Instead of exploiting Gia’s trauma for cheap emotional impact, Leaf explores the psychic toll of this bureaucracy. The central portrait in Earth Mama is vulnerable and sensitive. The film finds its rhythm in quieter moments and cinematographer Jody Lee Lipes’ camera creates an affecting, parallel narrative through close-ups. When Gia explores open adoption for her third child, she goes to lunch with a case worker (Erika Alexander) and potential parents. As the group relaxes into a more natural register, shedding the nervous energy of the introductions, the camera zeroes in on Gia’s face. She’s smiling, but her mind is elsewhere. A melancholic acceptance, marked by a creeping frown, settles as the young mother realizes the chasm between the kind of life she can provide for her child and the one on offer. 

Earth Mama is not all confession, though. Leaf, like Rockwell, plays with narrative withholding. A comment made by another mother in Gia’s class guides the film. “It’s my journey,” the woman says after an instructor asks her why people should care if she makes it. “You can hold my hand, you can look back from a distance, but you still won’t feel what I feel.” Gia is not opaque, but she’s not legible either. No matter how close the camera lingers on her face or her bulging belly, parts of her remain hidden. The surrealist moments — flashes of Gia meditating among towering redwoods, a branch growing from her navel — add to this air of mystery.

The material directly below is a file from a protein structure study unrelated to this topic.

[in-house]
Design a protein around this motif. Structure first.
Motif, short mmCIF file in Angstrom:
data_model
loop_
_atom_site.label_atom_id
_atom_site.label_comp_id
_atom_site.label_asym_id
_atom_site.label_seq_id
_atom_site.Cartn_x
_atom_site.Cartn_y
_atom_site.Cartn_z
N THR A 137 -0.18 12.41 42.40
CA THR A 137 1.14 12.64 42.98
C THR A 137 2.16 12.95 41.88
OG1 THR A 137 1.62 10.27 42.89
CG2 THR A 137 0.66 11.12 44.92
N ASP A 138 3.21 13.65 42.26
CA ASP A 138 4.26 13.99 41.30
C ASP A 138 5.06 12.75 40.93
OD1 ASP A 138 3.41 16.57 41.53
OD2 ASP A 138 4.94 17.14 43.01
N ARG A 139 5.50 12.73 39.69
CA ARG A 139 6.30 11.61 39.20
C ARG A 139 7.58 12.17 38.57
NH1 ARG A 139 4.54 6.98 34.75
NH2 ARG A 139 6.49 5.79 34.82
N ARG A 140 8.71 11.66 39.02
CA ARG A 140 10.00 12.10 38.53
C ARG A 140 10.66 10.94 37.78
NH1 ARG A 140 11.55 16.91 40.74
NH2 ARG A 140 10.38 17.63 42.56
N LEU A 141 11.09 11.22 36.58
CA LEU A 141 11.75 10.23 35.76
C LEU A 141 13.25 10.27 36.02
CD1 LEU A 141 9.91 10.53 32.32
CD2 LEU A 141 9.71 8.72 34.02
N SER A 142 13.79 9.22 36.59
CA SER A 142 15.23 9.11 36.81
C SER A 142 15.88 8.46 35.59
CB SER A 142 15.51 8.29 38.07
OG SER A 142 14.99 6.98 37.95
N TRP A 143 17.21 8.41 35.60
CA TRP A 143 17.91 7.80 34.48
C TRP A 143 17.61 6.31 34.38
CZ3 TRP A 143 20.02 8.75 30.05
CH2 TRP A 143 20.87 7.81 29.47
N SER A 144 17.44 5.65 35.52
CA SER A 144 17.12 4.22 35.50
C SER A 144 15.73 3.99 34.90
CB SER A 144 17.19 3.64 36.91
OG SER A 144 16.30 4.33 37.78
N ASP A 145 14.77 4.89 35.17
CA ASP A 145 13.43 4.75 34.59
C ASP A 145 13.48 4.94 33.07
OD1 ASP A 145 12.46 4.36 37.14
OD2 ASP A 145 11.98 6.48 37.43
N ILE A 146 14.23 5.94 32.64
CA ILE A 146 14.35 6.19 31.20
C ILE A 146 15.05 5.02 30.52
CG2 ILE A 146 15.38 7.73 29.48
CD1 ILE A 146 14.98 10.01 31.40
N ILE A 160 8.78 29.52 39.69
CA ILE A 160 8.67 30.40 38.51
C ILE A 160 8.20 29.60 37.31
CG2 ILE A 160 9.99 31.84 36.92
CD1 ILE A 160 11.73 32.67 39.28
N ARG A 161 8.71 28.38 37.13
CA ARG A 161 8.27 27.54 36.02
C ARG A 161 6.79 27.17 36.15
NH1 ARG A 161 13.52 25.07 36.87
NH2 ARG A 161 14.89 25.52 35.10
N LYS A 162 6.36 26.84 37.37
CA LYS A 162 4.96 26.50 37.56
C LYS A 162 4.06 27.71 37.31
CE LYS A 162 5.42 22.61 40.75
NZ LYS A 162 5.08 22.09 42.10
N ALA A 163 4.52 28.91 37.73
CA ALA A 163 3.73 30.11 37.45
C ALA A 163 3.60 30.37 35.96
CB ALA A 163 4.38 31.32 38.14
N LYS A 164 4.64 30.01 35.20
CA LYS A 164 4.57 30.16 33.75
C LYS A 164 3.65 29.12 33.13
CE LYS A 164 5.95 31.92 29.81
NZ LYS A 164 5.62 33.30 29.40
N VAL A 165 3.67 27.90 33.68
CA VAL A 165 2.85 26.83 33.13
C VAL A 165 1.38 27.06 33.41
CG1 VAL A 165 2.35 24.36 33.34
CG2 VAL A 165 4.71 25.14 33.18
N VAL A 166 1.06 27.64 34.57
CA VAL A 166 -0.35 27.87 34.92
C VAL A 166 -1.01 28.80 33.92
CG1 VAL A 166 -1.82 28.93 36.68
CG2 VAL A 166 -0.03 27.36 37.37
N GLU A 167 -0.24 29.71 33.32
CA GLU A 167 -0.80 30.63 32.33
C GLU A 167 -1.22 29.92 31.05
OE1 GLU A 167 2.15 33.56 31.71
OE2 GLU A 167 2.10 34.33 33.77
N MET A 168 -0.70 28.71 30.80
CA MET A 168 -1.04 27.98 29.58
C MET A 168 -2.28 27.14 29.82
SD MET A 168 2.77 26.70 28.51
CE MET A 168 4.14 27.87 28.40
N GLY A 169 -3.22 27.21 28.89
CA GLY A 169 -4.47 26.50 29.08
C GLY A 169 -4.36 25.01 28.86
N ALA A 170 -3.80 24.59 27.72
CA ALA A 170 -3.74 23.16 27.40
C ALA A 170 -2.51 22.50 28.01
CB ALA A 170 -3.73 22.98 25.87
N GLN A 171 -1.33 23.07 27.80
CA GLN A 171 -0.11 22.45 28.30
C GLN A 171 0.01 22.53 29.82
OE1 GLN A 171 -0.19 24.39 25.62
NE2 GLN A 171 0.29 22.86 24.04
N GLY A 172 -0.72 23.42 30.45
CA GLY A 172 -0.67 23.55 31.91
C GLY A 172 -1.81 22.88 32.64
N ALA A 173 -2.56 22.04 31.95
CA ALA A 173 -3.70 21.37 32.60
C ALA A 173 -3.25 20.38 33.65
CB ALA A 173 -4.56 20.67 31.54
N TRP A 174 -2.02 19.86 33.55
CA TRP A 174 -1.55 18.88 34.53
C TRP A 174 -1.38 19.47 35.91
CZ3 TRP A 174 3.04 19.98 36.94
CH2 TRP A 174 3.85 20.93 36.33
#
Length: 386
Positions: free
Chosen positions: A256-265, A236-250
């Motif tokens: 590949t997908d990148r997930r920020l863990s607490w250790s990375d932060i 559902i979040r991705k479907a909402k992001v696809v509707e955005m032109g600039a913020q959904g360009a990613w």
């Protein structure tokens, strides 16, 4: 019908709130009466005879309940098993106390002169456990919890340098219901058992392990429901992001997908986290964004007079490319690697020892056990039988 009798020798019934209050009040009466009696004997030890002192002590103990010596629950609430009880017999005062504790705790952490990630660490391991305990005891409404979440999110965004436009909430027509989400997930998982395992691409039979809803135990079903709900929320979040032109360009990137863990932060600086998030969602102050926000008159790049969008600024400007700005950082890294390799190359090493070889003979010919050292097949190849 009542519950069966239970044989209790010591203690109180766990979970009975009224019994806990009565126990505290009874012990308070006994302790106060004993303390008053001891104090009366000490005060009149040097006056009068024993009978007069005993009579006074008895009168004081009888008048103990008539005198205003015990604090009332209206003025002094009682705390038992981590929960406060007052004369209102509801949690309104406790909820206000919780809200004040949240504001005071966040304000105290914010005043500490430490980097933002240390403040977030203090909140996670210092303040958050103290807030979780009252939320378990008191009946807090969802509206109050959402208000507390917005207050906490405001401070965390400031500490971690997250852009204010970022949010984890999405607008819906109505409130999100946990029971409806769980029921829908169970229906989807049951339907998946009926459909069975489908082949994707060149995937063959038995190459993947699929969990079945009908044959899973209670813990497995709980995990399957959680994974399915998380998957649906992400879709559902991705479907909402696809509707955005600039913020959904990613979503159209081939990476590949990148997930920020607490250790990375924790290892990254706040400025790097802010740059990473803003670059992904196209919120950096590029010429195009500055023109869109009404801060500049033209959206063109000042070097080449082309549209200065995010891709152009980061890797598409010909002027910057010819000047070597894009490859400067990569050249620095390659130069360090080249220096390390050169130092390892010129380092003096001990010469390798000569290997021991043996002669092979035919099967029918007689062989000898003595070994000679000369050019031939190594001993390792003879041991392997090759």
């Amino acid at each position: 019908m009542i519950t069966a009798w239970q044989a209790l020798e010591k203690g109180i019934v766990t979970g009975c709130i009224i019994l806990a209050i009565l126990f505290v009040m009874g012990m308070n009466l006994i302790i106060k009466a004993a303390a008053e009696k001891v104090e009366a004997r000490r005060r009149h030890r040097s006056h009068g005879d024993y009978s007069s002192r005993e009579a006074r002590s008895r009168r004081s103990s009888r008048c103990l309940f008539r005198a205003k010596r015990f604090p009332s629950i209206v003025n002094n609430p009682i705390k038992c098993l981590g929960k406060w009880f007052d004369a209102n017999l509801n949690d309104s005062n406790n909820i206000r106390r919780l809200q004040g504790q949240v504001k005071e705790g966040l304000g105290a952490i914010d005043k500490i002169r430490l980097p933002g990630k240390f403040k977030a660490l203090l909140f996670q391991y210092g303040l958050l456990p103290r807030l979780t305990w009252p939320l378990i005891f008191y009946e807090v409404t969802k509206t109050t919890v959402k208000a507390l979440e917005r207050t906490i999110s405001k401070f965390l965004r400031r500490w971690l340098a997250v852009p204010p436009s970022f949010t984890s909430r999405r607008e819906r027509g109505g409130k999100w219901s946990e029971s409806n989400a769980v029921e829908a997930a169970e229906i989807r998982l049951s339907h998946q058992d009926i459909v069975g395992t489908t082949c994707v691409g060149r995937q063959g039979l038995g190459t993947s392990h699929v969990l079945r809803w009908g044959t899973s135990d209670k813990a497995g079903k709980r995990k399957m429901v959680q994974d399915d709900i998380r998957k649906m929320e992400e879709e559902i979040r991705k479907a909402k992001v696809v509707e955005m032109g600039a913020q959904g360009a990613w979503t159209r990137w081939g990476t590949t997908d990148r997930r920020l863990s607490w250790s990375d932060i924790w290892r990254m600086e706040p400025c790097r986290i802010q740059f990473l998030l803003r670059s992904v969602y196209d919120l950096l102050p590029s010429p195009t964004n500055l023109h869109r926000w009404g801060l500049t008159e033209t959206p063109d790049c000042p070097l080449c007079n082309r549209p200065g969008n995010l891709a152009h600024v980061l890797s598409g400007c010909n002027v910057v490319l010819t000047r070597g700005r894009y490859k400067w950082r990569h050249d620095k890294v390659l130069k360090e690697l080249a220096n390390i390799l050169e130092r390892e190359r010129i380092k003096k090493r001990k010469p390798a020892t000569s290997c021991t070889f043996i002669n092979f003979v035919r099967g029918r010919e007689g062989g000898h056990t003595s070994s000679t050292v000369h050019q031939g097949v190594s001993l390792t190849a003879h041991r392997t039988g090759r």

If Rockwell and Leaf experiment with ambiguity, Jackson embraces it. All Dirt Roads Taste of Salt finds freedom in its own cinematic grammar — the kind of poetic reticence and circularity found in Daughters of the Dust. Mack (Kaylee Nicole Johnson as a girl; Charleen McClure as an adult) anchors the elliptical narrative about a young woman coming of age in Mississippi. The film opens at a whisper and rarely intensifies. We see a young Mack learning how to trap catfish from her father (Chris Chalk), his gentle voice warning her not to let them go. Jomo Fray’s camera basks in textures the same way the scenes are immersed in sounds, focusing on the child’s fingers caressing the fish scales or her hand running through the babbling creek.